On Jan. 17, 2012, following intense campaigning by people with disabilities, the government announced that it no longer plans to extend the qualifying period for the Personal Independence Payment.

So, what’s next for radical disability activism in Canada? The best thing we can do right now is built connections and learn more about what’s happening across the country. Reach out to people with disabilities whom we see doing activist work, and connect them with related struggles. We also need to encourage each other to continue the work that we are doing.

The easiest way to build the movement is to start talking about the issues. This discussion can happen in an everyday conversation, a blog, a radio show or using social media. If you’re actively bringing attention to an issue, you’re an activist. Go to workshops and lectures. Even if you’re not sure that you’ll have anything to say, it’s important to make connections.

It’s also important that we continue to be visible. Janet Rodriguez took part in the Toronto Disability Pride March—her first public march. That event was organized in a week, and happened to capture a critical moment in the movement. Like many with disabilities, Rodriguez was once at a point in her life where she felt as if she had no voice. Now that things have gotten better for her, she sees the importance of articulating the oppression of people with disabilities.

“We need to go out on the street and let people know that we are proud to be members of the community….Anything we can do to further the dialogue and bring disability issues to the forefront will always be important,” she says.

We’ve reached a critical point where people are aware of the need to join together and make our voices louder. This means taking a cross-disability approach to disability rights, and building solidarity with other movements. The dialogue is already taking place in schools, universities and workplaces. People are less afraid to speak out. If we can join forces with other movements that have similar values, such as the occupy and labour movements, not only will it give us strength and the ability to learn from their experience, but they will also learn from us.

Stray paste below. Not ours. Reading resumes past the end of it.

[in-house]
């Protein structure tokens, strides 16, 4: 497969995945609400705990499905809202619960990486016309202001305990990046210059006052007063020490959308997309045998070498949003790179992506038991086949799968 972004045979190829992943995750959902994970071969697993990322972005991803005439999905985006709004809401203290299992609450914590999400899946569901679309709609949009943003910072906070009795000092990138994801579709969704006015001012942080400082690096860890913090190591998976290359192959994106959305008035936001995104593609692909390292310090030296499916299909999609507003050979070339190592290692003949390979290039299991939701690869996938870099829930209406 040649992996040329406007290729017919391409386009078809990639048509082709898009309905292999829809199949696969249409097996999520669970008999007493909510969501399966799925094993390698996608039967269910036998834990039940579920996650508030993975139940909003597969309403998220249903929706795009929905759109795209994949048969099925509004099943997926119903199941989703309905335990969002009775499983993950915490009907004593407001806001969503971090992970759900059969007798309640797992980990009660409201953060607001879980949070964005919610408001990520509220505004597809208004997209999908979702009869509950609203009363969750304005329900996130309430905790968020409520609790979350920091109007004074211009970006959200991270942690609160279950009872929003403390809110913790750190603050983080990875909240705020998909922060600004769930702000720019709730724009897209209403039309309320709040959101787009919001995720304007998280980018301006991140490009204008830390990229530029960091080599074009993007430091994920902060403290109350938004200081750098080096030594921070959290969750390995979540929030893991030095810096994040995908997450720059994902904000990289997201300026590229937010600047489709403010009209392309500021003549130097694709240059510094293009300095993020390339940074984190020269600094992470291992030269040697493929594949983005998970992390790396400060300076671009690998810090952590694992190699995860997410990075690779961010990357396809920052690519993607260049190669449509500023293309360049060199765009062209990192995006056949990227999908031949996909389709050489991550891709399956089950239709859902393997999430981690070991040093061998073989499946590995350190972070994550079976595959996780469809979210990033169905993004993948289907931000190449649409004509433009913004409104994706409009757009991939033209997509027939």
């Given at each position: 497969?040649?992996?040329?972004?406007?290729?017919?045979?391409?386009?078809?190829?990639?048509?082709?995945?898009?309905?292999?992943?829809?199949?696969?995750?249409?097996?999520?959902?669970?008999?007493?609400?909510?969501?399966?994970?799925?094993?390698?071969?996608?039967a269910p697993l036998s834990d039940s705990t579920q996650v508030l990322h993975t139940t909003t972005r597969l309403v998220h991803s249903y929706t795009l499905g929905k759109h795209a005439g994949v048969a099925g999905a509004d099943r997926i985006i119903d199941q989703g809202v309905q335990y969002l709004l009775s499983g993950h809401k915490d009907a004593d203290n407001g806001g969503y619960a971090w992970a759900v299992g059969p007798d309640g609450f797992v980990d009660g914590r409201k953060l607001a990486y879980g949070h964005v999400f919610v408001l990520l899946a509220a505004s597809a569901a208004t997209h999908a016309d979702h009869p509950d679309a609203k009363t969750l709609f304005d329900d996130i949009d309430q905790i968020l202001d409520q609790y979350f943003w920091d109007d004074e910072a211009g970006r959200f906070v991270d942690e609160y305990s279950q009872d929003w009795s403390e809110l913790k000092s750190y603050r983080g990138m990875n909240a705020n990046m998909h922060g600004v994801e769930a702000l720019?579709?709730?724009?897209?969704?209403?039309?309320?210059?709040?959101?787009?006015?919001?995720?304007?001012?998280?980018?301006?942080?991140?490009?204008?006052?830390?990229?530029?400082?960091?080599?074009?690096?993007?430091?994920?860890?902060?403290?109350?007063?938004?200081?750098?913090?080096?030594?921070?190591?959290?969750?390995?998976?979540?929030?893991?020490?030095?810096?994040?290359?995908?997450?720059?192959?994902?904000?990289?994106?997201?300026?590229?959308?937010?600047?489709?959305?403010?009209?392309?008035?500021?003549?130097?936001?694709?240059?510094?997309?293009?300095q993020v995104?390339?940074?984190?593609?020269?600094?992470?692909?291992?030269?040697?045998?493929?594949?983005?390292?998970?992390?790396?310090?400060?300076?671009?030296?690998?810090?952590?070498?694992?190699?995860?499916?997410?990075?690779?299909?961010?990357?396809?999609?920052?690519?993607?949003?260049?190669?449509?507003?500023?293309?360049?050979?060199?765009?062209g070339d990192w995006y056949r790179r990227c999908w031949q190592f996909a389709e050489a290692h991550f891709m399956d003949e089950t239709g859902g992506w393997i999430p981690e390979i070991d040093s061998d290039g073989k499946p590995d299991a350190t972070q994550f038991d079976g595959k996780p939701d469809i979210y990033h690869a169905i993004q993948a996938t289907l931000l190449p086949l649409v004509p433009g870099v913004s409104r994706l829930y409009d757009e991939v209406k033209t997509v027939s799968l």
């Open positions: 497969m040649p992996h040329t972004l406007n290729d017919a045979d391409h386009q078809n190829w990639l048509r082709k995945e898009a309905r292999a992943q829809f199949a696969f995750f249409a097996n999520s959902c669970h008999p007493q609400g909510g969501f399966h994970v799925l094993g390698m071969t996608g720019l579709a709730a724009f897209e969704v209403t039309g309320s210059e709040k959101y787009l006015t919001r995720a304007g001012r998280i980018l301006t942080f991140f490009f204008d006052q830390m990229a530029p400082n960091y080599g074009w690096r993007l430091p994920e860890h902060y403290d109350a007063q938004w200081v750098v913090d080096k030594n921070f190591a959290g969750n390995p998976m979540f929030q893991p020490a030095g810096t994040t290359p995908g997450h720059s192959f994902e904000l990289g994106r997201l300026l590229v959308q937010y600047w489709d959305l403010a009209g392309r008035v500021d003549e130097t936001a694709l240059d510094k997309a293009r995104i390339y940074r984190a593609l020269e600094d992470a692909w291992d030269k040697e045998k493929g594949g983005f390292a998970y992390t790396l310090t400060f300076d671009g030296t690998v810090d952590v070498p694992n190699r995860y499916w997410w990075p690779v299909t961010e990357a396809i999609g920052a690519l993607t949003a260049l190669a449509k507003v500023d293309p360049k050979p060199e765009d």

Consider the upcoming StopGap project in Toronto, in which a group of engineers will build temporary, colourful ramps to improve entrances to small businesses. These ramps improve access—they also affect the conversation. By changing that conversation, activism creates inclusion in ways that cannot be legislated.

It seems fitting that the theme for the 2011 International Day of Persons with Disabilities was “Together a Better World For All.” This is a very exciting time for many movements—and a time of exciting growth for the disability movement—our struggles and resolve remain as ever.

Melissa Graham organized the 2011 Toronto Disability Pride March. You can read more on her blog at exposing ableism.wordpress.com.

Disability-rights activists make themselves heard - and - seen at a protest.

Disability-rights activists make themselves heard – and – seen at a protest.